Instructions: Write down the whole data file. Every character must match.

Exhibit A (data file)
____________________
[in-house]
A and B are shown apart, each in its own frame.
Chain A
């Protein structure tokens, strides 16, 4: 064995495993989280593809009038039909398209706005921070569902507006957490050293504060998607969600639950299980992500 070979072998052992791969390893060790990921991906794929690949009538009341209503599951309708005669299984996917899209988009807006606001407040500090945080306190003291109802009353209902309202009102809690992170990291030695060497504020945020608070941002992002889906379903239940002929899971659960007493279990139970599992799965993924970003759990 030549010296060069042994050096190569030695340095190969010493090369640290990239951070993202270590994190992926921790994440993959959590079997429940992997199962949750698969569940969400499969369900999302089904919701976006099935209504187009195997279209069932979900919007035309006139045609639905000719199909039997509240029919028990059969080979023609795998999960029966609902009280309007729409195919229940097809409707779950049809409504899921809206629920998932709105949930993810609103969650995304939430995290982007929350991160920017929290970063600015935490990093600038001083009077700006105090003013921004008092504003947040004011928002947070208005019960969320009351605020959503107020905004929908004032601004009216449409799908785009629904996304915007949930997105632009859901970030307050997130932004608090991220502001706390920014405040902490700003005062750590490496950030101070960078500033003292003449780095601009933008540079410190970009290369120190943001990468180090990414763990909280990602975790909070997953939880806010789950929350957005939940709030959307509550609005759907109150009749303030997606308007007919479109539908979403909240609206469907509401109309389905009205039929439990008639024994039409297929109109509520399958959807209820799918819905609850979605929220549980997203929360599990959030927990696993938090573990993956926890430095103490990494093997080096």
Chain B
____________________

[in-house]
A and B are shown apart, each in its own frame.
Chain A
């Protein structure tokens, strides 16, 4: 064995495993989280593809009038039909398209706005921070569902507006957490050293504060998607969600639950299980992500 070979072998052992791969390893060790990921991906794929690949009538009341209503599951309708005669299984996917899209988009807006606001407040500090945080306190003291109802009353209902309202009102809690992170990291030695060497504020945020608070941002992002889906379903239940002929899971659960007493279990139970599992799965993924970003759990 030549010296060069042994050096190569030695340095190969010493090369640290990239951070993202270590994190992926921790994440993959959590079997429940992997199962949750698969569940969400499969369900999302089904919701976006099935209504187009195997279209069932979900919007035309006139045609639905000719199909039997509240029919028990059969080979023609795998999960029966609902009280309007729409195919229940097809409707779950049809409504899921809206629920998932709105949930993810609103969650995304939430995290982007929350991160920017929290970063600015935490990093600038001083009077700006105090003013921004008092504003947040004011928002947070208005019960969320009351605020959503107020905004929908004032601004009216449409799908785009629904996304915007949930997105632009859901970030307050997130932004608090991220502001706390920014405040902490700003005062750590490496950030101070960078500033003292003449780095601009933008540079410190970009290369120190943001990468180090990414763990909280990602975790909070997953939880806010789950929350957005939940709030959307509550609005759907109150009749303030997606308007007919479109539908979403909240609206469907509401109309389905009205039929439990008639024994039409297929109109509520399958959807209820799918819905609850979605929220549980997203929360599990959030927990696993938090573990993956926890430095103490990494093997080096």
Chain B